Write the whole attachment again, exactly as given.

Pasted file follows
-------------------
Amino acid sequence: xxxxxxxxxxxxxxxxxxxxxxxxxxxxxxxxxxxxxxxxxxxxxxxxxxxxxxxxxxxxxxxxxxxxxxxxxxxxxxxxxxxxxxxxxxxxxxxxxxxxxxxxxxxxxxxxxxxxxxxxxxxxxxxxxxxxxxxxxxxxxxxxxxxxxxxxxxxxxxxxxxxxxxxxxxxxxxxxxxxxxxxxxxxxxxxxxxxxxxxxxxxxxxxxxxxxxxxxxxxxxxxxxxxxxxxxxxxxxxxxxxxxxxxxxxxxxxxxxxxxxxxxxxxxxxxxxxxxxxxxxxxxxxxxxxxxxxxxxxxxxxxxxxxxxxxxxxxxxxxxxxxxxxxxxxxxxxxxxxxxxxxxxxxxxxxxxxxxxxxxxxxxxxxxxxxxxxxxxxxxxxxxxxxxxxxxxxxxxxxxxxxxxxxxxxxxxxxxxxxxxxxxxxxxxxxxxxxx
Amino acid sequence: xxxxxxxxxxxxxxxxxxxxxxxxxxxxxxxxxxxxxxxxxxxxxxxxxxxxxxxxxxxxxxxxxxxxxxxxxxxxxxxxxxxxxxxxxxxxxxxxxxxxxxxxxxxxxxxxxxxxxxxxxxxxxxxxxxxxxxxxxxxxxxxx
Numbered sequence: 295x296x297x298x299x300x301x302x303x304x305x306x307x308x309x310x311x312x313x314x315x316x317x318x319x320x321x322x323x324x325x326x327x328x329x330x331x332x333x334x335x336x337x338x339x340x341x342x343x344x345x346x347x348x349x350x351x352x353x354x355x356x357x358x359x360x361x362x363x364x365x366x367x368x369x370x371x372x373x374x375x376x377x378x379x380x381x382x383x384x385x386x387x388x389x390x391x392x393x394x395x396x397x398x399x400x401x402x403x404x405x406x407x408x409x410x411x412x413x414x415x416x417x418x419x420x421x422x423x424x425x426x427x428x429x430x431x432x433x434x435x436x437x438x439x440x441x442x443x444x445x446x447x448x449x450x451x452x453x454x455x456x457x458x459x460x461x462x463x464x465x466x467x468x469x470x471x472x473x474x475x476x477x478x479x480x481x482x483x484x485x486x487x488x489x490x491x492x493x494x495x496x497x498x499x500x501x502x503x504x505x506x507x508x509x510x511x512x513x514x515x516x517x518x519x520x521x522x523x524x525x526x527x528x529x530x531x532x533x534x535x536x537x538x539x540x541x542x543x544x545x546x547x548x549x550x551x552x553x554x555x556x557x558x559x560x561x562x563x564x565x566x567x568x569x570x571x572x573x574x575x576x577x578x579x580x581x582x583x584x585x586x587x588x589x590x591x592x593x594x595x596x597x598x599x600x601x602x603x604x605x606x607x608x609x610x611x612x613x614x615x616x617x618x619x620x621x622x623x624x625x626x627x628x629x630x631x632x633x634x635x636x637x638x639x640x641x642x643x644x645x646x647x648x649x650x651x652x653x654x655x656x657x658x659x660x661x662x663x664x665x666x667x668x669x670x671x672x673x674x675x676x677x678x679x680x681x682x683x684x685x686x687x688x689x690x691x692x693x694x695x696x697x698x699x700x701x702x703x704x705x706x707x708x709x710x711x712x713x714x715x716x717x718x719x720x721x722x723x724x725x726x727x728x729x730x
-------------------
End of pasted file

Amino acid sequence: xxxxxxxxxxxxxxxxxxxxxxxxxxxxxxxxxxxxxxxxxxxxxxxxxxxxxxxxxxxxxxxxxxxxxxxxxxxxxxxxxxxxxxxxxxxxxxxxxxxxxxxxxxxxxxxxxxxxxxxxxxxxxxxxxxxxxxxxxxxxxxxxxxxxxxxxxxxxxxxxxxxxxxxxxxxxxxxxxxxxxxxxxxxxxxxxxxxxxxxxxxxxxxxxxxxxxxxxxxxxxxxxxxxxxxxxxxxxxxxxxxxxxxxxxxxxxxxxxxxxxxxxxxxxxxxxxxxxxxxxxxxxxxxxxxxxxxxxxxxxxxxxxxxxxxxxxxxxxxxxxxxxxxxxxxxxxxxxxxxxxxxxxxxxxxxxxxxxxxxxxxxxxxxxxxxxxxxxxxxxxxxxxxxxxxxxxxxxxxxxxxxxxxxxxxxxxxxxxxxxxxxxxxxxxxxxxxxx
Amino acid sequence: xxxxxxxxxxxxxxxxxxxxxxxxxxxxxxxxxxxxxxxxxxxxxxxxxxxxxxxxxxxxxxxxxxxxxxxxxxxxxxxxxxxxxxxxxxxxxxxxxxxxxxxxxxxxxxxxxxxxxxxxxxxxxxxxxxxxxxxxxxxxxxxx
Numbered sequence: 295x296x297x298x299x300x301x302x303x304x305x306x307x308x309x310x311x312x313x314x315x316x317x318x319x320x321x322x323x324x325x326x327x328x329x330x331x332x333x334x335x336x337x338x339x340x341x342x343x344x345x346x347x348x349x350x351x352x353x354x355x356x357x358x359x360x361x362x363x364x365x366x367x368x369x370x371x372x373x374x375x376x377x378x379x380x381x382x383x384x385x386x387x388x389x390x391x392x393x394x395x396x397x398x399x400x401x402x403x404x405x406x407x408x409x410x411x412x413x414x415x416x417x418x419x420x421x422x423x424x425x426x427x428x429x430x431x432x433x434x435x436x437x438x439x440x441x442x443x444x445x446x447x448x449x450x451x452x453x454x455x456x457x458x459x460x461x462x463x464x465x466x467x468x469x470x471x472x473x474x475x476x477x478x479x480x481x482x483x484x485x486x487x488x489x490x491x492x493x494x495x496x497x498x499x500x501x502x503x504x505x506x507x508x509x510x511x512x513x514x515x516x517x518x519x520x521x522x523x524x525x526x527x528x529x530x531x532x533x534x535x536x537x538x539x540x541x542x543x544x545x546x547x548x549x550x551x552x553x554x555x556x557x558x559x560x561x562x563x564x565x566x567x568x569x570x571x572x573x574x575x576x577x578x579x580x581x582x583x584x585x586x587x588x589x590x591x592x593x594x595x596x597x598x599x600x601x602x603x604x605x606x607x608x609x610x611x612x613x614x615x616x617x618x619x620x621x622x623x624x625x626x627x628x629x630x631x632x633x634x635x636x637x638x639x640x641x642x643x644x645x646x647x648x649x650x651x652x653x654x655x656x657x658x659x660x661x662x663x664x665x666x667x668x669x670x671x672x673x674x675x676x677x678x679x680x681x682x683x684x685x686x687x688x689x690x691x692x693x694x695x696x697x698x699x700x701x702x703x704x705x706x707x708x709x710x711x712x713x714x715x716x717x718x719x720x721x722x723x724x725x726x727x728x729x730x